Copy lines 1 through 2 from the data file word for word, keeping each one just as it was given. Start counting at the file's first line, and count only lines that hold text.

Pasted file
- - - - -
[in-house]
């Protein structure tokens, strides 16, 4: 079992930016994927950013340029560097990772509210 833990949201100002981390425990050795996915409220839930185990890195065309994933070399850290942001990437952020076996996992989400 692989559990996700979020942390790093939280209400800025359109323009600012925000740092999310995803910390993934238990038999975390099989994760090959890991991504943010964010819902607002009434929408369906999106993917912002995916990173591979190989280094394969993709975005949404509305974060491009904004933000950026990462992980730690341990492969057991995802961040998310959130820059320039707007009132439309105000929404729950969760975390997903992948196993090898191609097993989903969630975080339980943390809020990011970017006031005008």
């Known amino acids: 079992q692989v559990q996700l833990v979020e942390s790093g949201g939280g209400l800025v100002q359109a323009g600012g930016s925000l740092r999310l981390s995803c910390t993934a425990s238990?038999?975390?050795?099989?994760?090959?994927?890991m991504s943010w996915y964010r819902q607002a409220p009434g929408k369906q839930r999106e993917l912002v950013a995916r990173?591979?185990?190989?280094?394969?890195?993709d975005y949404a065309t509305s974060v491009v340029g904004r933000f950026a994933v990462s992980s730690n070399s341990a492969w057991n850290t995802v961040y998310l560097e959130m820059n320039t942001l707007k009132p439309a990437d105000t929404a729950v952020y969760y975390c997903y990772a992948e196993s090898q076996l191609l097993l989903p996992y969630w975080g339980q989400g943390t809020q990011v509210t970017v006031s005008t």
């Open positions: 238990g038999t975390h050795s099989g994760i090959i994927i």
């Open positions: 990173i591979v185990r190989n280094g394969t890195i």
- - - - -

[in-house]
């Protein structure tokens, strides 16, 4: 079992930016994927950013340029560097990772509210 833990949201100002981390425990050795996915409220839930185990890195065309994933070399850290942001990437952020076996996992989400 692989559990996700979020942390790093939280209400800025359109323009600012925000740092999310995803910390993934238990038999975390099989994760090959890991991504943010964010819902607002009434929408369906999106993917912002995916990173591979190989280094394969993709975005949404509305974060491009904004933000950026990462992980730690341990492969057991995802961040998310959130820059320039707007009132439309105000929404729950969760975390997903992948196993090898191609097993989903969630975080339980943390809020990011970017006031005008």